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Resources for Video Creation

Introduction to basic video concepts and helpful resources available at the University of Michigan Library.

Making Videos Accessible

Provide video captions

Videos that contain any audio narration need to have captions to be accessible for users. Accessible video is video with captions that are accurate, readable, and complete.

Accurate: Captions have, on average, no more than 1 word in error for every 100 words. 
Readable: Captions are displayed with enough time to be read completely, are synchronized with the audio, are not blocking the visual content, and are legible.
Complete: Captions represent all spoken audio, speaker identification, meaningful sound effects, and meaningful music.
This means that auto-generated captions must be corrected. 

Captions can be created and edited in most video players such as YouTube and MiVideo, but there are other tools like SubtitleHorse that are free and available for anyone to use.

We recommend creating closed captions so that  the captions are not burned onto the video, but rather displayed via the video player, such a YouTube, MiVideo, or VLC. This provides the viewer with the ability to adjust the size, color, shape of the captions to best meet their needs. For more info:


Keep key objects away from lower part of screen

You will likely have some videos that contain audio narration and therefore must be captioned. Keep in mind that closed captions typically display in the lower 1/4 th part of the screen when a video is being played, so it’s good to keep important information out of this area so that users can view the video with captions and without missing anything.


Anything shown should also be heard

If you are creating a screencast with audio, ensure that any important information you shown is also said. For example, you might display a text callout with additional info about a particular topic. However, users with visual impairments may not be able to view this text info, therefore making it inaccessible to them. By also saying out loud what you have shown, it ensures that all audiences can gather all of the same info.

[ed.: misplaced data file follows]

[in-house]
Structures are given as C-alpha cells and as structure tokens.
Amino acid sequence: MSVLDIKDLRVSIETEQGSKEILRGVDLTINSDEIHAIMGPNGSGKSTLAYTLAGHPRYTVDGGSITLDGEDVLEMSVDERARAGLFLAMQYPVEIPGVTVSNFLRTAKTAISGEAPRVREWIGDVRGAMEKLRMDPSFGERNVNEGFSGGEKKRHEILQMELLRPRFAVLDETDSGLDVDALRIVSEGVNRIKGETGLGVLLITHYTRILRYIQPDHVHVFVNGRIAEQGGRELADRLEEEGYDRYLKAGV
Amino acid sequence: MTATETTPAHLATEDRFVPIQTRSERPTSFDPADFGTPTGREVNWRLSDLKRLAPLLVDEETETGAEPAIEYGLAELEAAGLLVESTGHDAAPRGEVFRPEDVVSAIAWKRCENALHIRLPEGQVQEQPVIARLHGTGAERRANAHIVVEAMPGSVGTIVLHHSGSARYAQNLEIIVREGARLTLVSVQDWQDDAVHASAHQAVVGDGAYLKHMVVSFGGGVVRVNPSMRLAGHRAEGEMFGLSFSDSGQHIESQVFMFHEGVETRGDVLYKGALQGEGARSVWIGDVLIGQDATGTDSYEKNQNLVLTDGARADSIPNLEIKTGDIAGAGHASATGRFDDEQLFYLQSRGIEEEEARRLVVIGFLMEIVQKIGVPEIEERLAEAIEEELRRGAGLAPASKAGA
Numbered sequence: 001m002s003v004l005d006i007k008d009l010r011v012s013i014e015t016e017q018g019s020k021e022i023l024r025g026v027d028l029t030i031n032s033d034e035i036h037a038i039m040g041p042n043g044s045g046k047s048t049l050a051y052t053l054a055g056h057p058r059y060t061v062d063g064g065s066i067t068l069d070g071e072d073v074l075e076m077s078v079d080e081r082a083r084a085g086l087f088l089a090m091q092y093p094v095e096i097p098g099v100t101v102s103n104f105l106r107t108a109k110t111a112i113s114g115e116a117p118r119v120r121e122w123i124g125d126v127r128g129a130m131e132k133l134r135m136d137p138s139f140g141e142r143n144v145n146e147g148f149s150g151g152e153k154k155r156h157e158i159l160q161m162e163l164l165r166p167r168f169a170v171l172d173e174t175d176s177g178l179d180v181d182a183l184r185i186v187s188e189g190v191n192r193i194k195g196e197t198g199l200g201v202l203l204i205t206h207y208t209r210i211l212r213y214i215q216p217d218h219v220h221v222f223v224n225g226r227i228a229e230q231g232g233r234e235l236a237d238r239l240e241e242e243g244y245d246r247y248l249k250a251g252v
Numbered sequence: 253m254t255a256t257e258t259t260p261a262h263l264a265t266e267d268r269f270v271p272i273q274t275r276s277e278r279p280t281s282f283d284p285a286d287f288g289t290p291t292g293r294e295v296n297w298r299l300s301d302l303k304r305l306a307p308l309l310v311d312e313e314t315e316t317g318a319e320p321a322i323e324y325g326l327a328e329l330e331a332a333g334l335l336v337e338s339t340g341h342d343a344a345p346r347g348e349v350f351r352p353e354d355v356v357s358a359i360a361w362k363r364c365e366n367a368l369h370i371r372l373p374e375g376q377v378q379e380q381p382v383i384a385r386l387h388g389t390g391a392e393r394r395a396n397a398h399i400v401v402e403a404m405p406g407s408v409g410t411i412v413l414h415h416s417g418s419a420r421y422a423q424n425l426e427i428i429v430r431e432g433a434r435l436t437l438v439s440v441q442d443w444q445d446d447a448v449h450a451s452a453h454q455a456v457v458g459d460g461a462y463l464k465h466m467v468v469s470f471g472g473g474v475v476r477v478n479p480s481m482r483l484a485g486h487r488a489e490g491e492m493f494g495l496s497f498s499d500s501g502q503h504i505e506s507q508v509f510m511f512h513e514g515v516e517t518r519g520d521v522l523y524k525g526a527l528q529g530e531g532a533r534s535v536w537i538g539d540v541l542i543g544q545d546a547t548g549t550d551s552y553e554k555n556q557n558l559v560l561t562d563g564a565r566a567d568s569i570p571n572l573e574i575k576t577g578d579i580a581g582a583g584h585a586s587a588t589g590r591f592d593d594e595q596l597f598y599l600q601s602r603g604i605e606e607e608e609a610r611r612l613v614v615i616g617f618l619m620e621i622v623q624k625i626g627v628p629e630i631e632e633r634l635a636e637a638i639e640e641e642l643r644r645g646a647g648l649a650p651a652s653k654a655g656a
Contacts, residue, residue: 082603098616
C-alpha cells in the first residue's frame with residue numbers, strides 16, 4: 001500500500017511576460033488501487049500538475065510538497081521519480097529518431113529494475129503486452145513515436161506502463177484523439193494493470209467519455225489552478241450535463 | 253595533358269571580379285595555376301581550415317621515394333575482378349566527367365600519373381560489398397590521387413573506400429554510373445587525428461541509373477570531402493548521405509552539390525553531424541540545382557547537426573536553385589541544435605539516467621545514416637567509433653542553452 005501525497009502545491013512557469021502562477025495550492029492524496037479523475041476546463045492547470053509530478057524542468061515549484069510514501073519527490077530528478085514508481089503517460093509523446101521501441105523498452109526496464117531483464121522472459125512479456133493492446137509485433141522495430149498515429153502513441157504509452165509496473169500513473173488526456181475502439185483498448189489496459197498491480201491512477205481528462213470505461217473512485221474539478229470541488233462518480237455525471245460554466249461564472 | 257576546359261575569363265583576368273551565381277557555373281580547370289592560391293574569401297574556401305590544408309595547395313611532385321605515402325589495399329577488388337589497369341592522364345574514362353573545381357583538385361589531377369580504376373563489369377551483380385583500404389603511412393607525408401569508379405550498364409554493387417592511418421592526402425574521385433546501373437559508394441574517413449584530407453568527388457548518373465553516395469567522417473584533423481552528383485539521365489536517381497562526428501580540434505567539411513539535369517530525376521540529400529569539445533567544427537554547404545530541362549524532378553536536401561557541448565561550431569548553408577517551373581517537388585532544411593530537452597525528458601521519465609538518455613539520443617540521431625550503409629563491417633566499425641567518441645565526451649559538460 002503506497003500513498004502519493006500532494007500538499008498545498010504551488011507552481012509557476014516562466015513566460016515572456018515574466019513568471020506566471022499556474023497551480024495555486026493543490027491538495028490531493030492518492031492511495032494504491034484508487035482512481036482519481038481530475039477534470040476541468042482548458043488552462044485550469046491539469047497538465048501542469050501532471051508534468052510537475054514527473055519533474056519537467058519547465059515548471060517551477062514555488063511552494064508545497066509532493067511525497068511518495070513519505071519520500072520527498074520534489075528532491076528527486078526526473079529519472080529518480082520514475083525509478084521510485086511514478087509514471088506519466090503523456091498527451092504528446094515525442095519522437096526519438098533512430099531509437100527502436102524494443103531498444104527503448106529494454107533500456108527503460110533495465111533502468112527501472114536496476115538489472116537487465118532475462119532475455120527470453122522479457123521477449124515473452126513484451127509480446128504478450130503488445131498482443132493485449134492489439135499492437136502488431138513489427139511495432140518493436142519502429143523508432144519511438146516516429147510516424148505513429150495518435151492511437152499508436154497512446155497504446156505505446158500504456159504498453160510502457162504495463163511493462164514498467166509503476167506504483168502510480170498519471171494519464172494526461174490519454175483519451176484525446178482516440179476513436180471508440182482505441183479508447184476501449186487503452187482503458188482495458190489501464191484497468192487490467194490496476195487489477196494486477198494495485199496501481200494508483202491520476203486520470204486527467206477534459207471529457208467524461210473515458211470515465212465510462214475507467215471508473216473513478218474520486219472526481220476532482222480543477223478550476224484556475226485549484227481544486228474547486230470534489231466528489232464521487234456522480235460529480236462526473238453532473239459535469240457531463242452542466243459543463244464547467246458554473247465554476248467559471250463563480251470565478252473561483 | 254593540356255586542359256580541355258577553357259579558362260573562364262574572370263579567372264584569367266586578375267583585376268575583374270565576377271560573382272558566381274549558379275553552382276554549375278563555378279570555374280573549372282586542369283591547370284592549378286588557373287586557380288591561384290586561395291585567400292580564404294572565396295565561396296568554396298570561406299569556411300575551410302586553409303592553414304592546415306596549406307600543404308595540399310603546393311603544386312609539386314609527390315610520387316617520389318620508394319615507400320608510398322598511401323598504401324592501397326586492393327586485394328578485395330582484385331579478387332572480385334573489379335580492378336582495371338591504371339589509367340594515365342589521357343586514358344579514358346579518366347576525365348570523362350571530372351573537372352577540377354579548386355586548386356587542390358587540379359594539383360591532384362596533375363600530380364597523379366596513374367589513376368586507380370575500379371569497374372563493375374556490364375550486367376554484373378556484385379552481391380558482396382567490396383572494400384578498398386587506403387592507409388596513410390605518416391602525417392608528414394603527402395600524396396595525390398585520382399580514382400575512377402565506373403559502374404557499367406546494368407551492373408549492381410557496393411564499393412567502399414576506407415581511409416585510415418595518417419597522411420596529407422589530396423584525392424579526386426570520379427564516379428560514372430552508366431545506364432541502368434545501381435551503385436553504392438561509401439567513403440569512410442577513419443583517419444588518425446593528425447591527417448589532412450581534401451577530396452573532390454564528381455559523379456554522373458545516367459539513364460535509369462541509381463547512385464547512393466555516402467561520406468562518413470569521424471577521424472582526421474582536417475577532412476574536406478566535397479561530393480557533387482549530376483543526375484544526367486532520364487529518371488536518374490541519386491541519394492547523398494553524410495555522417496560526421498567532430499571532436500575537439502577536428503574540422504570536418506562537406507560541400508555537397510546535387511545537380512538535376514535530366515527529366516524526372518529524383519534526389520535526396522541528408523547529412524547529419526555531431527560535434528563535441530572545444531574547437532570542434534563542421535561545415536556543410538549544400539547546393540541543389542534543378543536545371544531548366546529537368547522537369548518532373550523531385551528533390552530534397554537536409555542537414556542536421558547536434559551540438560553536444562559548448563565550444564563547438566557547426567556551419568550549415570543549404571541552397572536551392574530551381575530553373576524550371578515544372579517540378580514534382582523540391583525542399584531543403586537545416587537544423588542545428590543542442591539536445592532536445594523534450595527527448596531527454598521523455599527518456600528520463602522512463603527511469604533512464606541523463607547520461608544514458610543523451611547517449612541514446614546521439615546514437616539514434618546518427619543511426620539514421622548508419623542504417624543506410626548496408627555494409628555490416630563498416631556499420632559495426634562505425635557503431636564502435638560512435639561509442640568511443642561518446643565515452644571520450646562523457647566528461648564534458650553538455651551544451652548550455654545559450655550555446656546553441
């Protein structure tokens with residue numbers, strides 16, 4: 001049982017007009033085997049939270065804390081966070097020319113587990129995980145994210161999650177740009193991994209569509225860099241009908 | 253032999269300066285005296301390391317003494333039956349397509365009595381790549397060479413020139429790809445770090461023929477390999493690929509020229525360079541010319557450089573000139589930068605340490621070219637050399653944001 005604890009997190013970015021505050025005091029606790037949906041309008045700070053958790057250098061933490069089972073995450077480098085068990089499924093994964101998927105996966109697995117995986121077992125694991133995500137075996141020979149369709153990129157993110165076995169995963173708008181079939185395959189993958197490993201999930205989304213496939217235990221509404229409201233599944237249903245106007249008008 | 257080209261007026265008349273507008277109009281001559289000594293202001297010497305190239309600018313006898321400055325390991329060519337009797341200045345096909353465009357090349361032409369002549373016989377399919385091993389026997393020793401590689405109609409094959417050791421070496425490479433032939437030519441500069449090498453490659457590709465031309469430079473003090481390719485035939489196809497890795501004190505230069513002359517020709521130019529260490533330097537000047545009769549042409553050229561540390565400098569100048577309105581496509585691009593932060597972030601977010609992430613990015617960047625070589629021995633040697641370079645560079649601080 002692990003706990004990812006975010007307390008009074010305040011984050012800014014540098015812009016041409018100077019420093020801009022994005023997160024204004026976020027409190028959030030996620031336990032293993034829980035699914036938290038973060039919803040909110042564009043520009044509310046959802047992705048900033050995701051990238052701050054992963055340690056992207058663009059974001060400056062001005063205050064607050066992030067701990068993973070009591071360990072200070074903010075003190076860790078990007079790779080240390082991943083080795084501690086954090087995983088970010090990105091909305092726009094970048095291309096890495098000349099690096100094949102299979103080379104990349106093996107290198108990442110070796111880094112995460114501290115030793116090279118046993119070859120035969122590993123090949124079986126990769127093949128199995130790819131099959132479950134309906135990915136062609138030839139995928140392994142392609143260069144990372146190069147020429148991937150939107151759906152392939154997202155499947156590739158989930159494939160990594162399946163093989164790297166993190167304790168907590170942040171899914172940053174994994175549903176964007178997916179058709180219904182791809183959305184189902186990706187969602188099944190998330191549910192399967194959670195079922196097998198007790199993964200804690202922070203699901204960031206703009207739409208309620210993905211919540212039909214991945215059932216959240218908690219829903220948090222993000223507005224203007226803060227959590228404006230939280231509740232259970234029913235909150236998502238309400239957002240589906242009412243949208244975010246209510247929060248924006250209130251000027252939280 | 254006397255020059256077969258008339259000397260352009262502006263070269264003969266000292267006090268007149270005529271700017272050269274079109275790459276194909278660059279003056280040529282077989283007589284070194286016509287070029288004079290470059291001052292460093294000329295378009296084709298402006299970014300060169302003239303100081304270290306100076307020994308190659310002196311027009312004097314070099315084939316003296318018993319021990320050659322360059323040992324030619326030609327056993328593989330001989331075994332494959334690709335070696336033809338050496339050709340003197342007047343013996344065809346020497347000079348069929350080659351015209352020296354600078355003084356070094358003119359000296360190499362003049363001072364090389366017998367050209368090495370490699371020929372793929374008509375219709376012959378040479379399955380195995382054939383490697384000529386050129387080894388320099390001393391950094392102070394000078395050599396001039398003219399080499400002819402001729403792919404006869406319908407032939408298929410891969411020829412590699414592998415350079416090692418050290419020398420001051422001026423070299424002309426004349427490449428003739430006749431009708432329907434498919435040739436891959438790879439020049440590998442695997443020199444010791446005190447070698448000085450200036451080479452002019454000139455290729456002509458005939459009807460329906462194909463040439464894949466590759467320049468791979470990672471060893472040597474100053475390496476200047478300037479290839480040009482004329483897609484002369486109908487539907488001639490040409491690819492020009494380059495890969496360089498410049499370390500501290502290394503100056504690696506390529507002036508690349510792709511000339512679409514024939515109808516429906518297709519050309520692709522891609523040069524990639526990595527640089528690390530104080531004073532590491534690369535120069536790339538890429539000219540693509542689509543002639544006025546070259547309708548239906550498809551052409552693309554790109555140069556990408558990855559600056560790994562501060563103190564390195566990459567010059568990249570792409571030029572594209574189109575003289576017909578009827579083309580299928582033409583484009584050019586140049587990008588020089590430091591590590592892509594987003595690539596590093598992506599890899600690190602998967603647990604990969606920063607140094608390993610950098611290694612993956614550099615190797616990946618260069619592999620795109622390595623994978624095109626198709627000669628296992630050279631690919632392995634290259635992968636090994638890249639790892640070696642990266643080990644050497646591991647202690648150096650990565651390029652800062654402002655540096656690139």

If you don’t have audio in your video, then make sure any important information is provided in the video description, available for download, or is available is a different format.


Create a video description

Video descriptions translate visual information into text for users who cannot access the original visual (e.g. blind users, low vision users). The best and simplest practice is to produce educational video content that does not require video description because the visuals and the audio are already redundant. Examples:

  • The video is a screen capture or screen share of a process, and the audio is a narrative voiceover describing the process as it happens.

  • The video is a close shot of a person talking and doesn’t require description. 

  • The video is a lecture and the lecturer describes the diagrams and images they show.

  • The video is an animation that enhances a voice narration.

Consider offering alternate formats to video

It is good instructional design to offer multiple formats of info to learners to address the needs and learning styles of diverse users. This is the same for accessibility needs. When possible, it is recommended to provide alternate methods to presenting information.


Use high-contrasting colors

When creating your video, keep in mind of color and color contrast and whether your color choices are accessible for those with low vision or varying levels colorblindness. Make sure callouts, text, arrows, etc. are all highly visible against their backgrounds. 


Limit animation and zoom speeds

Please be aware of users who may be sensitive to gratuitous animation or movements in a video. We recommend using zooming and panning in your screencast, but ensure that movements are at a speed that will not make viewers sick or uncomfortable.